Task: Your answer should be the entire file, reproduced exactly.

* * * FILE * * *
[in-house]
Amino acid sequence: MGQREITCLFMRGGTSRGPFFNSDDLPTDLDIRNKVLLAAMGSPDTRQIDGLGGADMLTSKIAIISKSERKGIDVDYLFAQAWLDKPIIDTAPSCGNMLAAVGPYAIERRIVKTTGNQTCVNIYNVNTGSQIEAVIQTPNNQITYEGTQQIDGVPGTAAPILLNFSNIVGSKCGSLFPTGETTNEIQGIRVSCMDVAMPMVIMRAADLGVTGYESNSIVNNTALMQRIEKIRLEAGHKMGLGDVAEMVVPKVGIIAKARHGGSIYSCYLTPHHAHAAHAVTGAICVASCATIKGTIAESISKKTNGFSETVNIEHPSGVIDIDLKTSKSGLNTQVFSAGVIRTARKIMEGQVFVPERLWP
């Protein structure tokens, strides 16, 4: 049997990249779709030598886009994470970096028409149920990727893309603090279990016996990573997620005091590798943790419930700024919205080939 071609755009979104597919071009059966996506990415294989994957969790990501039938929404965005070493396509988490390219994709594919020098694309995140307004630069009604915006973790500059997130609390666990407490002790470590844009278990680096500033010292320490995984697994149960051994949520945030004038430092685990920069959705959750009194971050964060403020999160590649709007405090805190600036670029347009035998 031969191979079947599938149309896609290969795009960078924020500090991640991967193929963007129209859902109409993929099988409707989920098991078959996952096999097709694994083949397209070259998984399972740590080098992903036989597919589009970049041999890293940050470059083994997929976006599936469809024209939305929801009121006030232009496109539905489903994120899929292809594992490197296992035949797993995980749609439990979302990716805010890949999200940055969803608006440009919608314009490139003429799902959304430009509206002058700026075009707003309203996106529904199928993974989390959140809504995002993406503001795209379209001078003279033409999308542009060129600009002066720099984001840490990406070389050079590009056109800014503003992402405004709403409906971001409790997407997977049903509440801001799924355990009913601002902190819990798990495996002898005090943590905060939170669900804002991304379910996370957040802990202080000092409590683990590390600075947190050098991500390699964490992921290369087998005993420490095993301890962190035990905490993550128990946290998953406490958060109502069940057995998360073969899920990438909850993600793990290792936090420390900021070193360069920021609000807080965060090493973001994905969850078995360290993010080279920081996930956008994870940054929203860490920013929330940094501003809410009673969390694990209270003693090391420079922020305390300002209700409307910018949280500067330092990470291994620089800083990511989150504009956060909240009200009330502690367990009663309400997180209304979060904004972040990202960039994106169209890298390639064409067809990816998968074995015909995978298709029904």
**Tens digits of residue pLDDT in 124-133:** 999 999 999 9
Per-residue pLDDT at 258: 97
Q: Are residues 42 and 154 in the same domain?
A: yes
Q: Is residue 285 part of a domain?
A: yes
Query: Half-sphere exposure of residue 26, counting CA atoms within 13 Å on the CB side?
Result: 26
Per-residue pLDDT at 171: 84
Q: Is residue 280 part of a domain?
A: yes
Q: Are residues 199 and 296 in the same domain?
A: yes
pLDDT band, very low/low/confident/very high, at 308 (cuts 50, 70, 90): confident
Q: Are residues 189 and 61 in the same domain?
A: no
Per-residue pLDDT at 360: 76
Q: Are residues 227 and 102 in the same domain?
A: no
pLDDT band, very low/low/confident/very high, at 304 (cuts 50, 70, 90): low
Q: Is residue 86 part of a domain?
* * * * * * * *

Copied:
[in-house]
Amino acid sequence: MGQREITCLFMRGGTSRGPFFNSDDLPTDLDIRNKVLLAAMGSPDTRQIDGLGGADMLTSKIAIISKSERKGIDVDYLFAQAWLDKPIIDTAPSCGNMLAAVGPYAIERRIVKTTGNQTCVNIYNVNTGSQIEAVIQTPNNQITYEGTQQIDGVPGTAAPILLNFSNIVGSKCGSLFPTGETTNEIQGIRVSCMDVAMPMVIMRAADLGVTGYESNSIVNNTALMQRIEKIRLEAGHKMGLGDVAEMVVPKVGIIAKARHGGSIYSCYLTPHHAHAAHAVTGAICVASCATIKGTIAESISKKTNGFSETVNIEHPSGVIDIDLKTSKSGLNTQVFSAGVIRTARKIMEGQVFVPERLWP
């Protein structure tokens, strides 16, 4: 049997990249779709030598886009994470970096028409149920990727893309603090279990016996990573997620005091590798943790419930700024919205080939 071609755009979104597919071009059966996506990415294989994957969790990501039938929404965005070493396509988490390219994709594919020098694309995140307004630069009604915006973790500059997130609390666990407490002790470590844009278990680096500033010292320490995984697994149960051994949520945030004038430092685990920069959705959750009194971050964060403020999160590649709007405090805190600036670029347009035998 031969191979079947599938149309896609290969795009960078924020500090991640991967193929963007129209859902109409993929099988409707989920098991078959996952096999097709694994083949397209070259998984399972740590080098992903036989597919589009970049041999890293940050470059083994997929976006599936469809024209939305929801009121006030232009496109539905489903994120899929292809594992490197296992035949797993995980749609439990979302990716805010890949999200940055969803608006440009919608314009490139003429799902959304430009509206002058700026075009707003309203996106529904199928993974989390959140809504995002993406503001795209379209001078003279033409999308542009060129600009002066720099984001840490990406070389050079590009056109800014503003992402405004709403409906971001409790997407997977049903509440801001799924355990009913601002902190819990798990495996002898005090943590905060939170669900804002991304379910996370957040802990202080000092409590683990590390600075947190050098991500390699964490992921290369087998005993420490095993301890962190035990905490993550128990946290998953406490958060109502069940057995998360073969899920990438909850993600793990290792936090420390900021070193360069920021609000807080965060090493973001994905969850078995360290993010080279920081996930956008994870940054929203860490920013929330940094501003809410009673969390694990209270003693090391420079922020305390300002209700409307910018949280500067330092990470291994620089800083990511989150504009956060909240009200009330502690367990009663309400997180209304979060904004972040990202960039994106169209890298390639064409067809990816998968074995015909995978298709029904």
**Tens digits of residue pLDDT in 124-133:** 999 999 999 9
Per-residue pLDDT at 258: 97
Q: Are residues 42 and 154 in the same domain?
A: yes
Q: Is residue 285 part of a domain?
A: yes
Query: Half-sphere exposure of residue 26, counting CA atoms within 13 Å on the CB side?
Result: 26
Per-residue pLDDT at 171: 84
Q: Is residue 280 part of a domain?
A: yes
Q: Are residues 199 and 296 in the same domain?
A: yes
pLDDT band, very low/low/confident/very high, at 308 (cuts 50, 70, 90): confident
Q: Are residues 189 and 61 in the same domain?
A: no
Per-residue pLDDT at 360: 76
Q: Are residues 227 and 102 in the same domain?
A: no
pLDDT band, very low/low/confident/very high, at 304 (cuts 50, 70, 90): low
Q: Is residue 86 part of a domain?